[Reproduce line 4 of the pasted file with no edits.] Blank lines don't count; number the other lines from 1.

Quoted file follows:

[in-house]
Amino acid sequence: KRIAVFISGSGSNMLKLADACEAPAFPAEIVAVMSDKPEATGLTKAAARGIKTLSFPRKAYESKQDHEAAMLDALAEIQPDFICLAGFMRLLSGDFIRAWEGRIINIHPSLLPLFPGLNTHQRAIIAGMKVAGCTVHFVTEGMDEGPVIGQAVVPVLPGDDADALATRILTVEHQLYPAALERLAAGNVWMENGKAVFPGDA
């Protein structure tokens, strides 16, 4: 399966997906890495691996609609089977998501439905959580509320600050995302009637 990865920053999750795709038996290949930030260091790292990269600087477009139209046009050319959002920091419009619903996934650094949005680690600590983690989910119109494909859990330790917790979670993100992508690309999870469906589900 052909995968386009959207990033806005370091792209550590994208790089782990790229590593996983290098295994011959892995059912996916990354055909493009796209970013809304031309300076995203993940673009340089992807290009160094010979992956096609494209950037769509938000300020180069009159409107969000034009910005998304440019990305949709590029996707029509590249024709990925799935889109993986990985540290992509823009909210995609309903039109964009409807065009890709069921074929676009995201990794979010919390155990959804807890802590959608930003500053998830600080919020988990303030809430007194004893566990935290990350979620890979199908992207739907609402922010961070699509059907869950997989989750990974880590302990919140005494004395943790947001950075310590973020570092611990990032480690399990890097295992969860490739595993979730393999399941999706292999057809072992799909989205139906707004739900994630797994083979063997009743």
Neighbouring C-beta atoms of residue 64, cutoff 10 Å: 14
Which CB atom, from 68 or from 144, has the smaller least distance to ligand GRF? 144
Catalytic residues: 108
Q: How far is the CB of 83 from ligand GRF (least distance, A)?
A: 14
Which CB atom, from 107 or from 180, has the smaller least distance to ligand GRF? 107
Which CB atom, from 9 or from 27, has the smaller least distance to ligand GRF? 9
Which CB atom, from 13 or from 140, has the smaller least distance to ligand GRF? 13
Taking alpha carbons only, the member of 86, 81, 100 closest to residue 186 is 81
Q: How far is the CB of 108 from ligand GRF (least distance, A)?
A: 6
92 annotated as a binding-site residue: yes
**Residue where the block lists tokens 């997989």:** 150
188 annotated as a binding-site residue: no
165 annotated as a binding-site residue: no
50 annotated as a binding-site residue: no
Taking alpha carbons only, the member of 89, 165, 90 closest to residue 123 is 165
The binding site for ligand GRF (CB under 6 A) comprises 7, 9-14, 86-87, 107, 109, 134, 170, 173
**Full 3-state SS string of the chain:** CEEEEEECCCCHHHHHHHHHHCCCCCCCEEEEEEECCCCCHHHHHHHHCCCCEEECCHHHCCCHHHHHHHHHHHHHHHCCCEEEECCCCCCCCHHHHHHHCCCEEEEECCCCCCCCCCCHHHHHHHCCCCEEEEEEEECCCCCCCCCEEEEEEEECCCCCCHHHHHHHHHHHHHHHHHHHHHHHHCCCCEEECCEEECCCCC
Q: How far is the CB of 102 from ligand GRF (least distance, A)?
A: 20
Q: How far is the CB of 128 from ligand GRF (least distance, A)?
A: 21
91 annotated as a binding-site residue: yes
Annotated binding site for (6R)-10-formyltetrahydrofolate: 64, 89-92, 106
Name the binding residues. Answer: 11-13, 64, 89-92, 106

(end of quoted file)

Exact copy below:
Neighbouring C-beta atoms of residue 64, cutoff 10 Å: 14